There is a lie that a list in scalar context yields the last element of the list. This is a lie because (as the saying goes) you can't have a list in scalar context. What looks like a list in scalar context is really the comma operator in scalar context and it has different behavior in scalar context.
However, there seems to be a loop hole in this logic: the null list (sometimes called the empty list). The characters
() are defined to be the null list by
perldoc perlglossary. The construct
my $s = ();
is valid code and returns
$s. This does not appear to be documented anywhere in
perldoc (I haven't checked the Camel), but lots of code counts on it, so I think it is here to stay.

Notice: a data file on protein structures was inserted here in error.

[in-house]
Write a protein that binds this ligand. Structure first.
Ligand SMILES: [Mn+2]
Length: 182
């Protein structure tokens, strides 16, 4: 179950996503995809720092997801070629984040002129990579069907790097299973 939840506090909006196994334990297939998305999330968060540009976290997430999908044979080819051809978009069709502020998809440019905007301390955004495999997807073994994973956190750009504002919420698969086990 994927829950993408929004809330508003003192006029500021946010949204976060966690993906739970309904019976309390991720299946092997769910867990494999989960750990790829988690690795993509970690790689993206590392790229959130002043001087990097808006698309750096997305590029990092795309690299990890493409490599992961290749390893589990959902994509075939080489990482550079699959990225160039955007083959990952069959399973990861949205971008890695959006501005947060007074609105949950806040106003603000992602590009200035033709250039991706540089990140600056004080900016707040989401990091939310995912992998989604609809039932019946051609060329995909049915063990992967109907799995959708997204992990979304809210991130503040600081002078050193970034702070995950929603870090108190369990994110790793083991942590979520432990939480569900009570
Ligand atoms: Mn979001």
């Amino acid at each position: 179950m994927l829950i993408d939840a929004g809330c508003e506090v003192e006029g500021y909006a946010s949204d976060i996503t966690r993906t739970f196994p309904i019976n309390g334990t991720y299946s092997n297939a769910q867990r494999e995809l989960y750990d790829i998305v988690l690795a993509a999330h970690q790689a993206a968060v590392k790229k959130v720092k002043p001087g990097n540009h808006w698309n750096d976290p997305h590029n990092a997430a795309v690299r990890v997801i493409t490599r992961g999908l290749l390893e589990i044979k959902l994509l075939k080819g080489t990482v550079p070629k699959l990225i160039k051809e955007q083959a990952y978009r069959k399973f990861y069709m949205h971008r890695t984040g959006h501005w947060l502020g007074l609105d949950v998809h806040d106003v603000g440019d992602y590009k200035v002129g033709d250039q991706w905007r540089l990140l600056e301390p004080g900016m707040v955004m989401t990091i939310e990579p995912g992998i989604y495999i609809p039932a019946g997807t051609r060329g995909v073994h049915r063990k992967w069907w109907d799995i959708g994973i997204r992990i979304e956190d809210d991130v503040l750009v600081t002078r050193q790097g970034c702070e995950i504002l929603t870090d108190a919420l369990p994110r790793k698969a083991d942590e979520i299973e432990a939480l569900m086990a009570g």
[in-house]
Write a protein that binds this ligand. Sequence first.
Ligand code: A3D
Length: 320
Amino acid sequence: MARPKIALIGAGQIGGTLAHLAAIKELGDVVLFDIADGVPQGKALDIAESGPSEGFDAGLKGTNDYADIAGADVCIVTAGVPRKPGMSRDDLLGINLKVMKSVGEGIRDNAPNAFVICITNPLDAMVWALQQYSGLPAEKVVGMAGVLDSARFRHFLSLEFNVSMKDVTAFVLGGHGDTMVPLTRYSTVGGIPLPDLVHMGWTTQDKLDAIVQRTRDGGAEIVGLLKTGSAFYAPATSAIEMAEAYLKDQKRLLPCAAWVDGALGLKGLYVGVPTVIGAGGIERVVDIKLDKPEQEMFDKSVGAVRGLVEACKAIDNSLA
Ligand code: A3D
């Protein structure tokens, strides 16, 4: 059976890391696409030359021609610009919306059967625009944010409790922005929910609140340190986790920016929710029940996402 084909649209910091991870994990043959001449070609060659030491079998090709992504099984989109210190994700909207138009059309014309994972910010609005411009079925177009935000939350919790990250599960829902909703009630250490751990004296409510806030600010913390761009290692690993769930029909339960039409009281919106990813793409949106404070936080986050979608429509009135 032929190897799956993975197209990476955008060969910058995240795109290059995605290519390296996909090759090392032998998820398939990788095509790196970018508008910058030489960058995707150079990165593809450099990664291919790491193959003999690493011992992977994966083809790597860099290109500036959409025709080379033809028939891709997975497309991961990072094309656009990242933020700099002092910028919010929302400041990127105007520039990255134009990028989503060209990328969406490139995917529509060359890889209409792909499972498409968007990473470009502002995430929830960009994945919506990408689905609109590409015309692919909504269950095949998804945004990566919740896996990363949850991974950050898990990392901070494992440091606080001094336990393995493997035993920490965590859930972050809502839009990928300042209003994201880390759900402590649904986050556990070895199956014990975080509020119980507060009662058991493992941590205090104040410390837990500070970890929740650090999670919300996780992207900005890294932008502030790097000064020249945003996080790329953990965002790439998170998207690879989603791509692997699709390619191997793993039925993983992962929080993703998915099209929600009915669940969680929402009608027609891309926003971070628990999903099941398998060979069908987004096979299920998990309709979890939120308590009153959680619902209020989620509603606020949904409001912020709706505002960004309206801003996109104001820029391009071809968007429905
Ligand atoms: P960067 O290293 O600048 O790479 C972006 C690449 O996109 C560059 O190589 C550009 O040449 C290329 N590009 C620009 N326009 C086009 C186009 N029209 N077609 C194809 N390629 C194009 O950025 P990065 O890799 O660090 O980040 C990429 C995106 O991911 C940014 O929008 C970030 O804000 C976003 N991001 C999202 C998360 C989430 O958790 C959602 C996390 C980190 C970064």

Now that the preamble is done, here is the question: if we cannot have a list in scalar context, then what do we call the empty list in scalar context and what is the rational for not calling it a list (since there are no commas to be in scalar context)?
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